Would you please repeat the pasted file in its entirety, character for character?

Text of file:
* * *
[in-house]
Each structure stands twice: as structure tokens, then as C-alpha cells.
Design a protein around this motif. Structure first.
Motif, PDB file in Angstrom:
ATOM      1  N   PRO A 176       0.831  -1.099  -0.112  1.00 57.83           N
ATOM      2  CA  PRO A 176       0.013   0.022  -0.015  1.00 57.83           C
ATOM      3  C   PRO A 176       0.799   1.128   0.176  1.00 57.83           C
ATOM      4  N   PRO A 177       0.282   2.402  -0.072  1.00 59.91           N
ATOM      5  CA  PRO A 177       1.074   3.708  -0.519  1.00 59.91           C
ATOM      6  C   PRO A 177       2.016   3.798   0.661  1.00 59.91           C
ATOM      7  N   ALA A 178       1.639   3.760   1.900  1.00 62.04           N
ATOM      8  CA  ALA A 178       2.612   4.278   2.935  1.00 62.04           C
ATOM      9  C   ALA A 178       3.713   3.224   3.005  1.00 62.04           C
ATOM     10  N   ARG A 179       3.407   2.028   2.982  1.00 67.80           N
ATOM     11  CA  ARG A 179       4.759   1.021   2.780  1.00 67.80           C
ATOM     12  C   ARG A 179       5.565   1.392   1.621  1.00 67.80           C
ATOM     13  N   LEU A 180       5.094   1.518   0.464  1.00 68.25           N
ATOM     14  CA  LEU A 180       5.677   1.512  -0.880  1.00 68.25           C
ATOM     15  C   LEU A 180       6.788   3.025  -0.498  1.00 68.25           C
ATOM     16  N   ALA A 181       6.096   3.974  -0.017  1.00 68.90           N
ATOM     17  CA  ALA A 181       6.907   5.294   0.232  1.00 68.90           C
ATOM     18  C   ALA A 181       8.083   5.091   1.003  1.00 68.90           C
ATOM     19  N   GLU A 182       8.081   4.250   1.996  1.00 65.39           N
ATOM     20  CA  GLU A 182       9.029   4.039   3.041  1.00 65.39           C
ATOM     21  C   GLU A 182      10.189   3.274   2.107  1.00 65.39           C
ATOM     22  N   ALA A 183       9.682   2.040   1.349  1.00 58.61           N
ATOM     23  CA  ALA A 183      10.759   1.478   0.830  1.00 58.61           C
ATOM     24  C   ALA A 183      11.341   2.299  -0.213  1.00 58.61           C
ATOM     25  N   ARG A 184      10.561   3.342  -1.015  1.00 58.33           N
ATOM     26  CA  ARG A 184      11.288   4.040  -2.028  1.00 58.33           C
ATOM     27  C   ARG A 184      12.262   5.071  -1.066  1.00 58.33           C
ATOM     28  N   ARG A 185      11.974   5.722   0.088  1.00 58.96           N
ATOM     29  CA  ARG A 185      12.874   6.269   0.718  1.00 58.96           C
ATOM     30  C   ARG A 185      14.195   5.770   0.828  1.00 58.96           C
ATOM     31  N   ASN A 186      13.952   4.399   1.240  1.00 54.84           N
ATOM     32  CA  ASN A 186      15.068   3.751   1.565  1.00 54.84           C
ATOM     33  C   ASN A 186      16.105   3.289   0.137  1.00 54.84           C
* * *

[in-house]
Each structure stands twice: as structure tokens, then as C-alpha cells.
Design a protein around this motif. Structure first.
Motif, PDB file in Angstrom:
ATOM      1  N   PRO A 176       0.831  -1.099  -0.112  1.00 57.83           N
ATOM      2  CA  PRO A 176       0.013   0.022  -0.015  1.00 57.83           C
ATOM      3  C   PRO A 176       0.799   1.128   0.176  1.00 57.83           C
ATOM      4  N   PRO A 177       0.282   2.402  -0.072  1.00 59.91           N
ATOM      5  CA  PRO A 177       1.074   3.708  -0.519  1.00 59.91           C
ATOM      6  C   PRO A 177       2.016   3.798   0.661  1.00 59.91           C
ATOM      7  N   ALA A 178       1.639   3.760   1.900  1.00 62.04           N
ATOM      8  CA  ALA A 178       2.612   4.278   2.935  1.00 62.04           C
ATOM      9  C   ALA A 178       3.713   3.224   3.005  1.00 62.04           C
ATOM     10  N   ARG A 179       3.407   2.028   2.982  1.00 67.80           N
ATOM     11  CA  ARG A 179       4.759   1.021   2.780  1.00 67.80           C
ATOM     12  C   ARG A 179       5.565   1.392   1.621  1.00 67.80           C
ATOM     13  N   LEU A 180       5.094   1.518   0.464  1.00 68.25           N
ATOM     14  CA  LEU A 180       5.677   1.512  -0.880  1.00 68.25           C
ATOM     15  C   LEU A 180       6.788   3.025  -0.498  1.00 68.25           C
ATOM     16  N   ALA A 181       6.096   3.974  -0.017  1.00 68.90           N
ATOM     17  CA  ALA A 181       6.907   5.294   0.232  1.00 68.90           C
ATOM     18  C   ALA A 181       8.083   5.091   1.003  1.00 68.90           C
ATOM     19  N   GLU A 182       8.081   4.250   1.996  1.00 65.39           N
ATOM     20  CA  GLU A 182       9.029   4.039   3.041  1.00 65.39           C
ATOM     21  C   GLU A 182      10.189   3.274   2.107  1.00 65.39           C
ATOM     22  N   ALA A 183       9.682   2.040   1.349  1.00 58.61           N
ATOM     23  CA  ALA A 183      10.759   1.478   0.830  1.00 58.61           C
ATOM     24  C   ALA A 183      11.341   2.299  -0.213  1.00 58.61           C
ATOM     25  N   ARG A 184      10.561   3.342  -1.015  1.00 58.33           N
ATOM     26  CA  ARG A 184      11.288   4.040  -2.028  1.00 58.33           C
ATOM     27  C   ARG A 184      12.262   5.071  -1.066  1.00 58.33           C
ATOM     28  N   ARG A 185      11.974   5.722   0.088  1.00 58.96           N
ATOM     29  CA  ARG A 185      12.874   6.269   0.718  1.00 58.96           C
ATOM     30  C   ARG A 185      14.195   5.770   0.828  1.00 58.96           C
ATOM     31  N   ASN A 186      13.952   4.399   1.240  1.00 54.84           N
ATOM     32  CA  ASN A 186      15.068   3.751   1.565  1.00 54.84           C
ATOM     33  C   ASN A 186      16.105   3.289   0.137  1.00 54.84           C